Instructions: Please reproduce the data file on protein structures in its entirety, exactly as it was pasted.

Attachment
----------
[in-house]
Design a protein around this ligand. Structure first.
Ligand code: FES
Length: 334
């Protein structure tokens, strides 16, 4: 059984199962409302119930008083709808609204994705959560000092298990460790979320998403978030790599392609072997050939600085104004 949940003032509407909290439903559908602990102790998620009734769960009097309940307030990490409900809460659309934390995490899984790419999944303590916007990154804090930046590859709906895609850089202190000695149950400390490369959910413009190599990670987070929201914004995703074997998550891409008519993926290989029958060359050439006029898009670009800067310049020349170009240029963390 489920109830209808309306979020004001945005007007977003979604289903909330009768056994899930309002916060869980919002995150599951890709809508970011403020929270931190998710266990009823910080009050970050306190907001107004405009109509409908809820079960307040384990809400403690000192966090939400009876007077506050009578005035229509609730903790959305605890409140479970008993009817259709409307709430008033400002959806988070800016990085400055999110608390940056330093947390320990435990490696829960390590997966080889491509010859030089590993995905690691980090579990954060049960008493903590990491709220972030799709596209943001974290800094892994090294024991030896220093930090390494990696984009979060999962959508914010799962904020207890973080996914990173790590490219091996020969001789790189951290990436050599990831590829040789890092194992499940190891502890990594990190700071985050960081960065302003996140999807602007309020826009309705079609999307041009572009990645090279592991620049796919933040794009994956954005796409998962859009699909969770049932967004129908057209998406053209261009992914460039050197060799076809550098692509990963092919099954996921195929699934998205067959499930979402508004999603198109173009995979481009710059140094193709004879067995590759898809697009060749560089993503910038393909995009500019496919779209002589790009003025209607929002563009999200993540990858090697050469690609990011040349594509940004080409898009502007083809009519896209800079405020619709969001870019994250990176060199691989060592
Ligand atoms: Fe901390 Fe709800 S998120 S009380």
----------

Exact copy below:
[in-house]
Design a protein around this ligand. Structure first.
Ligand code: FES
Length: 334
């Protein structure tokens, strides 16, 4: 059984199962409302119930008083709808609204994705959560000092298990460790979320998403978030790599392609072997050939600085104004 949940003032509407909290439903559908602990102790998620009734769960009097309940307030990490409900809460659309934390995490899984790419999944303590916007990154804090930046590859709906895609850089202190000695149950400390490369959910413009190599990670987070929201914004995703074997998550891409008519993926290989029958060359050439006029898009670009800067310049020349170009240029963390 489920109830209808309306979020004001945005007007977003979604289903909330009768056994899930309002916060869980919002995150599951890709809508970011403020929270931190998710266990009823910080009050970050306190907001107004405009109509409908809820079960307040384990809400403690000192966090939400009876007077506050009578005035229509609730903790959305605890409140479970008993009817259709409307709430008033400002959806988070800016990085400055999110608390940056330093947390320990435990490696829960390590997966080889491509010859030089590993995905690691980090579990954060049960008493903590990491709220972030799709596209943001974290800094892994090294024991030896220093930090390494990696984009979060999962959508914010799962904020207890973080996914990173790590490219091996020969001789790189951290990436050599990831590829040789890092194992499940190891502890990594990190700071985050960081960065302003996140999807602007309020826009309705079609999307041009572009990645090279592991620049796919933040794009994956954005796409998962859009699909969770049932967004129908057209998406053209261009992914460039050197060799076809550098692509990963092919099954996921195929699934998205067959499930979402508004999603198109173009995979481009710059140094193709004879067995590759898809697009060749560089993503910038393909995009500019496919779209002589790009003025209607929002563009999200993540990858090697050469690609990011040349594509940004080409898009502007083809009519896209800079405020619709969001870019994250990176060199691989060592
Ligand atoms: Fe901390 Fe709800 S998120 S009380």